I have a recurring dream in which I’m the President of the United States. (Don’t laugh! I’d be the fourth George to hold the office.) During my two terms in office, I—in no particular order of importance—establish world peace, secure America’s borders, eliminate domestic poverty, tame the opposition party, and set a standard of presidential eloquence that meets or exceeds Abraham Lincoln’s.
Then I wake up.
The waking world is different than the dreaming world. In the dreaming world, I am powerful. What I set out to do, I accomplish, despite opposition or obstacles. I achieve what the Greeks called kleos—the fame or renown that attaches itself to heroic deeds. When I wake up, however, I am horribly nearsighted, so I put on glasses. I am stiff with arthritis, so I take anti-inflammatory medication. When I go to work, any number of things gets in the way of my accomplishment. I am an associate pastor, one of several on the staff of a large church. [This was first written in 2006.] Where’s the kleos in that? In the waking world, in other words, I am considerably weaker than my dreams.
You are too.
Faced with a choice between dreaming and wakefulness, which of us wouldn’t choose dreaming? Faced with a choice between power and weakness, who wouldn’t choose power? Faced with a choice of being served or serving, which of us wouldn’t choose the former?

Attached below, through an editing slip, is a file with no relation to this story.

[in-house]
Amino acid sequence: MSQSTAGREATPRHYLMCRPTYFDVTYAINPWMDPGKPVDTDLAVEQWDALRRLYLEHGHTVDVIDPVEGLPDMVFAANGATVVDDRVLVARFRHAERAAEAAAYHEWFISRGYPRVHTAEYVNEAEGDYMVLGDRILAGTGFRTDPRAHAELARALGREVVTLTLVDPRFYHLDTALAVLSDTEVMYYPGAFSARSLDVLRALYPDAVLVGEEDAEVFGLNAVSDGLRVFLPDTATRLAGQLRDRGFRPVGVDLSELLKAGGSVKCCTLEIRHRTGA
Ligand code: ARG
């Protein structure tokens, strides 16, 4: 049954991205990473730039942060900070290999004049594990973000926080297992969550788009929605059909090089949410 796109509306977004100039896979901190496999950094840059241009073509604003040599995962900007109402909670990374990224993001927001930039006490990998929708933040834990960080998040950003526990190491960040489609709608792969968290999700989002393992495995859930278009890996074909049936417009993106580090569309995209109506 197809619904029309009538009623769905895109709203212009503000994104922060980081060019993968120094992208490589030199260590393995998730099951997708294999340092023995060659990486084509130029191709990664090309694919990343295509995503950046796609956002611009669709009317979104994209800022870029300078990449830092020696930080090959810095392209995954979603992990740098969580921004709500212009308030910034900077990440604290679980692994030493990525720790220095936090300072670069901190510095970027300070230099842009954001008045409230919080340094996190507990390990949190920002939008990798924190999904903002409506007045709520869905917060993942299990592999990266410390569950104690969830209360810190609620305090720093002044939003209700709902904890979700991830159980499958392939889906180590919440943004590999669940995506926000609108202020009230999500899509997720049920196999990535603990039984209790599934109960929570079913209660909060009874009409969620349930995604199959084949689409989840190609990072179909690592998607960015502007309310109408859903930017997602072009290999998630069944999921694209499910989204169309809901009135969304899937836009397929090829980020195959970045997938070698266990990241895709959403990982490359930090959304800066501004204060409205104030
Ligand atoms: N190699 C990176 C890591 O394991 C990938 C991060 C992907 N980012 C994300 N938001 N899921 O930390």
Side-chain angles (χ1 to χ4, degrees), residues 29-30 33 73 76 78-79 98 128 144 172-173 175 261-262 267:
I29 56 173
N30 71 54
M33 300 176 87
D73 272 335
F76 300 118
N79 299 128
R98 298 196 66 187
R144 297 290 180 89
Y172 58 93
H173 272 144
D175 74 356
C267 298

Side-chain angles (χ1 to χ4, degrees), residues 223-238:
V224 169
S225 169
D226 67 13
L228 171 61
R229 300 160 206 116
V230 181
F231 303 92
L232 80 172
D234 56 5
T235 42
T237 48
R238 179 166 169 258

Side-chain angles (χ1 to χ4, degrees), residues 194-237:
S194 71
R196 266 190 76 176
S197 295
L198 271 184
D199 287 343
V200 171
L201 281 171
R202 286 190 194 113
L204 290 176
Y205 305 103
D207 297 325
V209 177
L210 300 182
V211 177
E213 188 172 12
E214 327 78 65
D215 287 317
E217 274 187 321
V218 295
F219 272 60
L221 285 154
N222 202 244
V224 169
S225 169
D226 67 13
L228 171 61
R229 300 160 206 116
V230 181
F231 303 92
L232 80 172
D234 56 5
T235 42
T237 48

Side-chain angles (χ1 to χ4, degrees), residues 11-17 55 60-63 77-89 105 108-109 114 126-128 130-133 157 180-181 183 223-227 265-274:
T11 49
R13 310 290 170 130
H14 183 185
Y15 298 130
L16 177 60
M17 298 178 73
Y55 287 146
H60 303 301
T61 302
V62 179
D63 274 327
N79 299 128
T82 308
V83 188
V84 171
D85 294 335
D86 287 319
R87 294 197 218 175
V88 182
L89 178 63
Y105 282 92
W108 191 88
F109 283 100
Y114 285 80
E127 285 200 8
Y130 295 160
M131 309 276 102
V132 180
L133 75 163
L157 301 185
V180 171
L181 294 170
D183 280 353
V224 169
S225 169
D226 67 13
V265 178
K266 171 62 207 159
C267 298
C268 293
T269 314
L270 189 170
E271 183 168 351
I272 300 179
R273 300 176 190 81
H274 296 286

But in Mark 9.33–50, Jesus tells us that true greatness lies in serving others: “If anyone wants to be first, he must be the very last, and the servant of all.” Notice that Jesus does not tell us not to seek greatness. His words are not a denial of greatness, but a redefinition of it. The greatest is the servant of all.
To become the greatest servant, we must do three things:
First, we must welcome the last, the lost and the least. “Whoever welcomes one of these little children in my name welcomes me; and whoever welcomes me does not welcome me but the one who sent me.”
Second, we must share the work. John complained, “we saw a man driving out demons in your name and we told him to stop, because he was not one of us.” Jesus replied, “whoever is not against us is for us.” The disciples drew the circle of “us” tightly so that they—and they alone?—would be known as Jesus’ disciples. Jesus drew the circle loosely, welcoming the contributions of any and all who act “in my name.”
Third, we must strive for holiness. Jesus strongly warns against causing “these little ones who believe in me to sin.” Powerful people often ride roughshod over the weak. A servant, however, pays attention to others’ needs. To become a servant like Jesus, we must work to purify our hearts and clean up our acts.
Jesus, because he is the servant of all, is the greatest of all. Let us set aside our silly dreams and follow his example wide awake.